Associated Press, Wed June 7, 2006 09:56 EDT . DOUG MELLGREN - Associated Press Writer - OSLO, Norway (AP) Norwegian officials Wednesday praised the parties in Sri Lanka - 's civil war for coming this week to the Scandinavian country for talks on how to protect international observers monitoring the island's violence-marred cease fire. ``The situation on Sri Lanka - is extremely serious,'' said Norwegian Aid Minister Erik Solheim, who mediated the 2002 cease-fire. ``It is positive that the parties came to Oslo to discuss the situation.''

Norway which brokered a 2002 cease-fire that ended 19 years of open civil war called the two-day talks after a surge in violence killed at least 375 people in Sri Lanka - since April.

However, Norway's officials stressed that the meeting was no substitute for the actual talks between Sri Lanka - 's government and rebels on implementing the cease fire.

Those peace talks were held in Geneva in February, but a second round slated for April was canceled after the embattled sides blamed each other for rising violence.

``These are not peace talks, addressing the core political issues. This is about the security and operations of the monitors,'' Espen Gullikstad, spokesman for the Norwegian Aid Ministry, said of the meeting near Oslo.

Solheim, who will be attending the talks, said Norway would do its ``best, as a facilitator, to enable the parties to find practical solutions'' on the Sri Lanka - Monitoring Mission, or SLMM. He also expressed gratitude for the monitors' efforts ``in this difficult period.''

The 60-member monitoring mission in Sri Lanka - is composed of monitors from Norway, Sweden, Denmark, Finland and Iceland.

Last month, the monitors suspended sea patrols around Sri Lanka - after the rebels attacked a government navy convoy carrying a truce monitor on board. Seventeen sailors and about 50 guerrillas died in the battle, according to the navy. The monitor escaped unharmed.

The talks in Norway were also closed to media, but a news conference summing up the meetings was due at 6 p.m. (1600 GMT) Friday in Oslo.

``Sometimes it's good for people to be able to concentrate on the job that has to be done,'' Gullikstad said about the sealed meeting.

Sri Lanka - 's civil war between the government and Liberation Tigers of Tamil Eelam rebels began in 1983 and claimed more than 65,000 lives until the 2002 cease-fire.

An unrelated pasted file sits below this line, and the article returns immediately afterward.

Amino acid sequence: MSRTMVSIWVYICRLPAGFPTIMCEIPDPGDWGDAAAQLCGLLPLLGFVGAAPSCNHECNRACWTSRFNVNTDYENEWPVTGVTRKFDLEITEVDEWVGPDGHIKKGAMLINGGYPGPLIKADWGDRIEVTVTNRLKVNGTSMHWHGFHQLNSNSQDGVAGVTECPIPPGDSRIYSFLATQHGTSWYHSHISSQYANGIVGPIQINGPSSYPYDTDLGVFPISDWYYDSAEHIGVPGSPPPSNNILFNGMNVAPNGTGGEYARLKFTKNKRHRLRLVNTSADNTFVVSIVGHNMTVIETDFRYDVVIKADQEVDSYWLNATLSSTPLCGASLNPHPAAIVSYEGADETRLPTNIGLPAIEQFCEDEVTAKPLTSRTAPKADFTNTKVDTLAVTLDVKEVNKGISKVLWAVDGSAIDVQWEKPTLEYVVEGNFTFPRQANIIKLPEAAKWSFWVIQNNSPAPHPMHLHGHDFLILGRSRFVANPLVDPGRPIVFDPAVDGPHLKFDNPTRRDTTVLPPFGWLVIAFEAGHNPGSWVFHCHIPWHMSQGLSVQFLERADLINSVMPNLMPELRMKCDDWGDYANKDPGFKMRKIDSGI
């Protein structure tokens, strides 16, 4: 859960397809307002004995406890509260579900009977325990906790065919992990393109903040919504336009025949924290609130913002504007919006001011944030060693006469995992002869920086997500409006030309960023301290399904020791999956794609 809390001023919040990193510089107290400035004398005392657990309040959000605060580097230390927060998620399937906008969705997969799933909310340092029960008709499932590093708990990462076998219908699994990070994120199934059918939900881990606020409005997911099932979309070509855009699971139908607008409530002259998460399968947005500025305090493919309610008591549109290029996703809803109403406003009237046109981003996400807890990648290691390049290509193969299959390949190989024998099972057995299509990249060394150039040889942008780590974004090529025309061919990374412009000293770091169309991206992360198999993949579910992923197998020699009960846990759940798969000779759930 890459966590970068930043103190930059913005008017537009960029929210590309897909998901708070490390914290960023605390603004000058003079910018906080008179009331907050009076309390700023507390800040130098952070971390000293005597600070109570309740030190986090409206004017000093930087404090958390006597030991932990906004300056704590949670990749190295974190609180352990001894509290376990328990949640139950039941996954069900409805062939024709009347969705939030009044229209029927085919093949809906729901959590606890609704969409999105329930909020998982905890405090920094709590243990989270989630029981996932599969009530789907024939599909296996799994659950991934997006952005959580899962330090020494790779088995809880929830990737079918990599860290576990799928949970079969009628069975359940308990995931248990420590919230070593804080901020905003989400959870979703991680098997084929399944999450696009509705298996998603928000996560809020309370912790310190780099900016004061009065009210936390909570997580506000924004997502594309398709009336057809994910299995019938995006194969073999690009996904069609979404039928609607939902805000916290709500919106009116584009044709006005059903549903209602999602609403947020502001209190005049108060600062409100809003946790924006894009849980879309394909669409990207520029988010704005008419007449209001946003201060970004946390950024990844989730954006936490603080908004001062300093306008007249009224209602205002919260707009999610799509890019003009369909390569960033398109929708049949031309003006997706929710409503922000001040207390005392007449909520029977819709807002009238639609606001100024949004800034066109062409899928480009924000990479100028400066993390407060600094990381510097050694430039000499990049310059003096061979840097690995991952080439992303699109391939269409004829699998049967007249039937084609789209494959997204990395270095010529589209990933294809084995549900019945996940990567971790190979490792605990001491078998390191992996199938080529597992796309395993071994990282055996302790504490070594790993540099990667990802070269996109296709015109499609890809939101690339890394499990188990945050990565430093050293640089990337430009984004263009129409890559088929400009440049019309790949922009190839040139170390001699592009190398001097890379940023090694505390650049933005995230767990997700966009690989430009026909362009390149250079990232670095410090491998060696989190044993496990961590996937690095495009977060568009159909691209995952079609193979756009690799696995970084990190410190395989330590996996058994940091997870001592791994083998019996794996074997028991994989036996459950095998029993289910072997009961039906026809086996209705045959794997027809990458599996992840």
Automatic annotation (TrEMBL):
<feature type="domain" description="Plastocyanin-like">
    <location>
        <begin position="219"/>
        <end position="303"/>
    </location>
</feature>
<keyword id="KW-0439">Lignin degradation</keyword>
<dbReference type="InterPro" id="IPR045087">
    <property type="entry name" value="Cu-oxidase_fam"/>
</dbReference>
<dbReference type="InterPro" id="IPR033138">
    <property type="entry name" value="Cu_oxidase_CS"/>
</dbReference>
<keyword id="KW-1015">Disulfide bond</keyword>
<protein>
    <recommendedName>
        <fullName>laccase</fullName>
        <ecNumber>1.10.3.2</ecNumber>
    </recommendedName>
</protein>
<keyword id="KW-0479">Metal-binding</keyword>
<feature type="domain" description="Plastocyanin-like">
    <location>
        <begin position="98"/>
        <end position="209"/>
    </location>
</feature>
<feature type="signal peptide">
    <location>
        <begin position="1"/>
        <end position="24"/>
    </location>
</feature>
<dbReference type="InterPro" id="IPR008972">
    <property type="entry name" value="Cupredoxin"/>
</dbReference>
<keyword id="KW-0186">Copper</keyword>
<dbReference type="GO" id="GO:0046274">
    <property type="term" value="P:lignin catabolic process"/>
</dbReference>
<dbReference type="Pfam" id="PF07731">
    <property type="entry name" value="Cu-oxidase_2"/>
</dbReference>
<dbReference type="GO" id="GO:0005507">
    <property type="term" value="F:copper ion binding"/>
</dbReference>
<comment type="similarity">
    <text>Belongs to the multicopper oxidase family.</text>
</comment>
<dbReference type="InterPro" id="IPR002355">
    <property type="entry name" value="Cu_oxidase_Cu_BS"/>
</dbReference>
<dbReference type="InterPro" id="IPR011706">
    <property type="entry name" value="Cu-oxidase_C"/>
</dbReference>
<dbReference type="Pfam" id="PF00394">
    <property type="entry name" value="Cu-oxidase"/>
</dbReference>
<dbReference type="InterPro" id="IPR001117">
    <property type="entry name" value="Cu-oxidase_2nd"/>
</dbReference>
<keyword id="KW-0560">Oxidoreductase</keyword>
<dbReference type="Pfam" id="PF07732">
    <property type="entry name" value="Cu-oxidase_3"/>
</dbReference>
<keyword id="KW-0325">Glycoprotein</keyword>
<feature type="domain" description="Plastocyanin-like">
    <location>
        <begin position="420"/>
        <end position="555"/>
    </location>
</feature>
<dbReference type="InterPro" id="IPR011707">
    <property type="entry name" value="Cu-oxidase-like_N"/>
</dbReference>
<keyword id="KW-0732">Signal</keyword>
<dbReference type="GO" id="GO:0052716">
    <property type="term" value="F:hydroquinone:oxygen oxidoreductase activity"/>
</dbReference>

The rebels want to carve out a separate homeland for the country's ethnic minority Tamils, accusing the majority Sinhalese-dominated state of discrimination. Discuss this story
Published: Wed Jun 7 11:58:08 EDT 2006 Back to the top

Q K: We ll involve LTTE in drafting new constitution, June 7. Palitha Kohona is Colombo's man to negotiate peace with the LTTE... Back to the top

Sri Lanka steps up security ahead of Oslo talks
Yahoo/AFP, June 07. COLOMBO (AFP) - Sri Lanka has stepped up security after bomb blasts near the capital raised fears of more attacks, police said, as the warring parties prepare for a face-to-face meeting in Oslo... Back to the top

Barbecues and basketball: Most suspects in Canada terror plot came from middle-class suburbs
Associated Press, Wed June 7, 2006 15:01 EDT . DAVID CRARY - Associated Press Writer - Five of the suspects are minors; no information about them has been released... Back to the top

Karunanidhi defines Tamil Nadu role in Sri Lanka
TOI, june 7. NEW DELHI: In one stroke of a sentence, Tamil Nadu Chief Minister Muthuvel Karunanidhi has made it clear that he has no intention of whipping up passions over violence in Sri Lanka or the refugee flow from that country to his state... Back to the top

Japan envoy calls for end to fighting in Sri Lanka , vows no immediate change to aid
Associated Press, Wed June 7, 2006 04:37 EDT . TOKYO (AP) The escalation of violence in Sri Lanka - is a serious concern, but Japan has no immediate plans to reduce or stop economic and humanitarian aid to the troubled South Asian nation, a Japanese peace envoy said Wednesday... Back to the top

Government bonds go online in Sri Lanka, 07 June 2006 14:16:04. June 7, 2006 (LBO) - Sri Lanka Wednesday formally launched an electronic trading platform for government bonds, with the aim of broad basing the ownership of treasury securities, the Central Bank said... Back to the top

Sri Lanka probing Indian trader s killing, June 07. NEW DELHI: Sri Lanka has launched an investigation into the mysterious murder of a sari trader from Tamil Nadu who was tortured to death in the island's restive east... Back to the top

Suspected Tamil rebels detonate mines near Sri Lanka capital; two policemen in north
Associated Press, Tue June 6, 2006 07:44 EDT . DILIP GANGULY - Associated Press Writer - COLOMBO, Sri Lanka - (AP) Suspected Tamil rebels triggered two anti-personnel mines outside Sri Lanka - 's capital early Tuesday, wounding two people, the military said, in the first such attacks near Colombo since the country's 2002 cease-fire... Back to the top

Sri Lanka mulls subsidy, faces dry IOC fuel pumps, June 7, 2006. COLOMBO (Reuters) - Sri Lanka will decide this week when to repay $74.5 million in unpaid subsidies to fuel retailer Lanka IOC, the government said on Tuesday, as the firm said it was stopping supplies to its filling pumps... Back to the top

Boycott criticises England bowlers for failing to bomb Lankan tail, June 07/2006, 08:00 EDT. London, June 7 (UNI): Finding it hard to digest England's Trent Bridge defeat against Sri Lanka, former captain Geoffrey Boycott came down heavily on the bowlers, saying they are yet to master the art of knocking over the tail-enders... Back to the top